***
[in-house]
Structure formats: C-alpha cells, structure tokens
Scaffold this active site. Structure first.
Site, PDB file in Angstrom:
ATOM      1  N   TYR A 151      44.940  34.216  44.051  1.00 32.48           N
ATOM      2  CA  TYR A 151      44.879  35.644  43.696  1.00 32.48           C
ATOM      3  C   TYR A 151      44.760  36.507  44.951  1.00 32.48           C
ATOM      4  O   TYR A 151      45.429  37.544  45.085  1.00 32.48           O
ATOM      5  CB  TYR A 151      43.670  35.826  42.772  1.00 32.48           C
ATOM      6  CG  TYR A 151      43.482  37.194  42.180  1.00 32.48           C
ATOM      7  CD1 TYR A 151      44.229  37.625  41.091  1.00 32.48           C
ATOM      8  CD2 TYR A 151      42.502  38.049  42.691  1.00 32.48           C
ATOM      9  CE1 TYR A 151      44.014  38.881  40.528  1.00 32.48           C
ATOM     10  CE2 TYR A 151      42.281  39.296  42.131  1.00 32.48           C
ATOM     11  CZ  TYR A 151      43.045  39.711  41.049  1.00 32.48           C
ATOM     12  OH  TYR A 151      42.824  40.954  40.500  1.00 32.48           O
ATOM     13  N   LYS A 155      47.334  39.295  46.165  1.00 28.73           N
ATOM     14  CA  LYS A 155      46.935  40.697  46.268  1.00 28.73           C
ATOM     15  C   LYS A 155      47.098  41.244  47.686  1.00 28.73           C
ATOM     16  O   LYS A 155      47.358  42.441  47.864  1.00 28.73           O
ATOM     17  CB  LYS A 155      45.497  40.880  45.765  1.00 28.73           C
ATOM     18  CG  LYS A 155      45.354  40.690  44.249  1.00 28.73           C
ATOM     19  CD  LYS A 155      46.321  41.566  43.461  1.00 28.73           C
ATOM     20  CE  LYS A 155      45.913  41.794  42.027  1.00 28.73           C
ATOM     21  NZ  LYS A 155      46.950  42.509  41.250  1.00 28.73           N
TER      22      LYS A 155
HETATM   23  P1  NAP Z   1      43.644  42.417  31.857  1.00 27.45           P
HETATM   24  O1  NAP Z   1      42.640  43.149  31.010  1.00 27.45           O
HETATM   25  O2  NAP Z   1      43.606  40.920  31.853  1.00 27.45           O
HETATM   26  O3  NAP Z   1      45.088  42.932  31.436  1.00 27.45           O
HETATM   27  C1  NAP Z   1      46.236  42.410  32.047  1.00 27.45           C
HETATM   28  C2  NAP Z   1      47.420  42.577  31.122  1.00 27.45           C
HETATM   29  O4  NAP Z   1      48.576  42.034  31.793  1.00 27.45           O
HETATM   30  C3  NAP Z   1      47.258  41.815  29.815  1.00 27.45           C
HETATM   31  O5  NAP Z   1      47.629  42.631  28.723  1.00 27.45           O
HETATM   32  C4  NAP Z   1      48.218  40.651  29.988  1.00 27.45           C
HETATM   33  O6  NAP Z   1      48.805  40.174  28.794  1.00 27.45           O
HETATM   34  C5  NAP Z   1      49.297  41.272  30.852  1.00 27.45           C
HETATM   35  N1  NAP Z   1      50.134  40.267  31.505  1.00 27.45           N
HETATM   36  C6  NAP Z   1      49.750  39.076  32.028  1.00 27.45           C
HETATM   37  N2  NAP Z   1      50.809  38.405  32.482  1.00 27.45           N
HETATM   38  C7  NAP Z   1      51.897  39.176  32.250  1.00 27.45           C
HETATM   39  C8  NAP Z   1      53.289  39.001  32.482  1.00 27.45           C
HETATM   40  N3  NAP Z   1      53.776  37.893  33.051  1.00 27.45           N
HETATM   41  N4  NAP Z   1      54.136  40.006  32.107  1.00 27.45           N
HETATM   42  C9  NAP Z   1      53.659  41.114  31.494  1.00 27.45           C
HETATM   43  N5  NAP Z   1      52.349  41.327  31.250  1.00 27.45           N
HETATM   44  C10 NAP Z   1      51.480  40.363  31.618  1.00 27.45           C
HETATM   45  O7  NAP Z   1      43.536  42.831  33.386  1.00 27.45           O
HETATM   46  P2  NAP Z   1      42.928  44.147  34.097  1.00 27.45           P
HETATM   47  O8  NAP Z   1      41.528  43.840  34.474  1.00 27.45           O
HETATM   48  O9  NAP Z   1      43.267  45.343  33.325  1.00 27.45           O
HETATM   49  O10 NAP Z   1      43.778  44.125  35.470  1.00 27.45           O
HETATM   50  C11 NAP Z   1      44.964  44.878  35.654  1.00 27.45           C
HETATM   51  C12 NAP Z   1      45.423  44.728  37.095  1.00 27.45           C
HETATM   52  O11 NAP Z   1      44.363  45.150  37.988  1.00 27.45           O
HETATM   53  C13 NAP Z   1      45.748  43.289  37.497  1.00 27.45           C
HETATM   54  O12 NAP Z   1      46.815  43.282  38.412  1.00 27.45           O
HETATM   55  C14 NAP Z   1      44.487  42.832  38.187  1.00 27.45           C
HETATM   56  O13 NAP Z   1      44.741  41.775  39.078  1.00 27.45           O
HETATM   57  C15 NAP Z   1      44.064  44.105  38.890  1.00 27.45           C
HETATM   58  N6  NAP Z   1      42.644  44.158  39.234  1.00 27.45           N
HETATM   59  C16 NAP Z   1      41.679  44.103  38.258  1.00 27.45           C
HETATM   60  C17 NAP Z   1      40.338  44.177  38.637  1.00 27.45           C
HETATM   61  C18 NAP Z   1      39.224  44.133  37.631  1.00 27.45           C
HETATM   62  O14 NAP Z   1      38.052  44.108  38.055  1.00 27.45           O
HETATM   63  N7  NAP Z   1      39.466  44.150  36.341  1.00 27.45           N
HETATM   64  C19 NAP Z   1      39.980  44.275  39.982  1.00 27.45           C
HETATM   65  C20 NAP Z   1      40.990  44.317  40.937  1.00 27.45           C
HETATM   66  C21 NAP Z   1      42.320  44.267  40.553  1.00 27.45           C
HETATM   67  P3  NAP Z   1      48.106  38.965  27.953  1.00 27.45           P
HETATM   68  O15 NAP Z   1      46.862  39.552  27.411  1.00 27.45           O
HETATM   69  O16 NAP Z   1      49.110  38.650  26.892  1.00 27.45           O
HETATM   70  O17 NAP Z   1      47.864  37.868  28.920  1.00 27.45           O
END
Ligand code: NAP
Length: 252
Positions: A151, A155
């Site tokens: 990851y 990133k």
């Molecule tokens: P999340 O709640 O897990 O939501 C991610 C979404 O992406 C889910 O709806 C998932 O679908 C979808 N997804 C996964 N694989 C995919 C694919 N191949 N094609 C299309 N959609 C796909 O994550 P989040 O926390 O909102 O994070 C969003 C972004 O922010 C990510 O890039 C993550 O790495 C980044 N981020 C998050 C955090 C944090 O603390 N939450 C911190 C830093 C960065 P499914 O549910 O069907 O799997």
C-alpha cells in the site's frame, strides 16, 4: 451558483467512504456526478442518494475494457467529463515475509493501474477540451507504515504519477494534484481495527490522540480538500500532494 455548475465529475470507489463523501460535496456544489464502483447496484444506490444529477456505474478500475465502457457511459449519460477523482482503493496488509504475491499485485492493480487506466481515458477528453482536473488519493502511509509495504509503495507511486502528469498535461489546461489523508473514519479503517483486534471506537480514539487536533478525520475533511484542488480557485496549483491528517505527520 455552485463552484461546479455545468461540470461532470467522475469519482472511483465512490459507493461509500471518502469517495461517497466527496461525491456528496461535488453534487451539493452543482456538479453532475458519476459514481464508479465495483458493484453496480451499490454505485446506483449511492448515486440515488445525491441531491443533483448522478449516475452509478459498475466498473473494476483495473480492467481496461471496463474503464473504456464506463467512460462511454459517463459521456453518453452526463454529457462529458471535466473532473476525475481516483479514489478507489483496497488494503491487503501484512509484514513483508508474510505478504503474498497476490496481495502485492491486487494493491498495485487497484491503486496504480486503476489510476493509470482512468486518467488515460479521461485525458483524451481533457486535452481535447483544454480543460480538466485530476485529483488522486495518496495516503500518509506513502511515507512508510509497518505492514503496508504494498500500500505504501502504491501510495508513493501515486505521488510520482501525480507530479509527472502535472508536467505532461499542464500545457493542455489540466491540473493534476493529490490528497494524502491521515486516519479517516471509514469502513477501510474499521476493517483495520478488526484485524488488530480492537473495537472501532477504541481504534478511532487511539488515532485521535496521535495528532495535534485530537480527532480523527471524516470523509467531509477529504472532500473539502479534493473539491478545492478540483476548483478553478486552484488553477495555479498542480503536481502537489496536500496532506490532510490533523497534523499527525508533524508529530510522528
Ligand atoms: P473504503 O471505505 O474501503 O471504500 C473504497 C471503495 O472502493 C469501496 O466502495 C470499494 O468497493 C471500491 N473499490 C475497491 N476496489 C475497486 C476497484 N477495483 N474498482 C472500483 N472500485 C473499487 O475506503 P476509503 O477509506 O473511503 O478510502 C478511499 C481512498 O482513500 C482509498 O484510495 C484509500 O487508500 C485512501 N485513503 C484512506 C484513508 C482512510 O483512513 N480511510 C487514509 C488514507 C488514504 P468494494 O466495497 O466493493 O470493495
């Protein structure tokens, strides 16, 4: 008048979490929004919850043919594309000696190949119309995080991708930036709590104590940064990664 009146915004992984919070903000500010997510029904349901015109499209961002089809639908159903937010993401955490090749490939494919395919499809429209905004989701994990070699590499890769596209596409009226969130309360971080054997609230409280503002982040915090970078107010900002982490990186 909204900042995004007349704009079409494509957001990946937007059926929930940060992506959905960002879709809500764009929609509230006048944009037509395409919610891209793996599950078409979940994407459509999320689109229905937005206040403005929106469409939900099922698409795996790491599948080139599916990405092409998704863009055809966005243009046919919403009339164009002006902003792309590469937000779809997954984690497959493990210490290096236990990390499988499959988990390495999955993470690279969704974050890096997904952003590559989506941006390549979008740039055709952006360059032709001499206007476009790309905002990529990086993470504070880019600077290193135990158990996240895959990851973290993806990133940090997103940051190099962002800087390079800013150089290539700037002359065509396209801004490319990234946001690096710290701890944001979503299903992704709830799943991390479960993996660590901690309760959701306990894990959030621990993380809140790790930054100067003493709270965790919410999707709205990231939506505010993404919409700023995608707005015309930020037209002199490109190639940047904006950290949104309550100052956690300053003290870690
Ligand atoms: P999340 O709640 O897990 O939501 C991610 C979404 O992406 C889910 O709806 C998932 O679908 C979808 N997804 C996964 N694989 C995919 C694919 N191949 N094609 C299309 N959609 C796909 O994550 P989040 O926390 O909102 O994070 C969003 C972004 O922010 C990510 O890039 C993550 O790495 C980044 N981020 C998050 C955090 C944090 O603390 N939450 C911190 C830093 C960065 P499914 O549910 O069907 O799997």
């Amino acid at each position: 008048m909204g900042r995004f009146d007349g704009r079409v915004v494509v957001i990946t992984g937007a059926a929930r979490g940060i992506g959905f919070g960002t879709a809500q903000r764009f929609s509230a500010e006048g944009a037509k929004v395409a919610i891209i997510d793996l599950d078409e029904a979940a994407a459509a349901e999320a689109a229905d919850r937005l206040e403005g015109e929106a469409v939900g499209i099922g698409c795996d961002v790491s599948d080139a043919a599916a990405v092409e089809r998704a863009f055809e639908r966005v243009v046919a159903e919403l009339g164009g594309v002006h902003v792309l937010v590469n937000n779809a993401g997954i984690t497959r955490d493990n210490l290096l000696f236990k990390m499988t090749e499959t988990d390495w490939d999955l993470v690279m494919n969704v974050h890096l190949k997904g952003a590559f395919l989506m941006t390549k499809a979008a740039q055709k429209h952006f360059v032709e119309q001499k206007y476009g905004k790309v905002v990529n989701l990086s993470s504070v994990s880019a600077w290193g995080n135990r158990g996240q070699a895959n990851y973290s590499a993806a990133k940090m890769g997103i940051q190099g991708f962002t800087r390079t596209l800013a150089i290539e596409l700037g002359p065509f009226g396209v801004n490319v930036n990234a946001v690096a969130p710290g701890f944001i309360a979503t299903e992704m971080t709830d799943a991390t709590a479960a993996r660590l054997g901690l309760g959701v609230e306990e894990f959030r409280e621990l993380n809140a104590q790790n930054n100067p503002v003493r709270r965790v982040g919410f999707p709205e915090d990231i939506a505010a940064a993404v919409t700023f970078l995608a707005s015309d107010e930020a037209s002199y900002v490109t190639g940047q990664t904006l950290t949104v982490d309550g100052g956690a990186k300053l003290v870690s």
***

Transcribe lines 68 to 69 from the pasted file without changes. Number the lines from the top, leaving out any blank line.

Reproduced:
HETATM   64  C19 NAP Z   1      39.980  44.275  39.982  1.00 27.45           C
HETATM   65  C20 NAP Z   1      40.990  44.317  40.937  1.00 27.45           C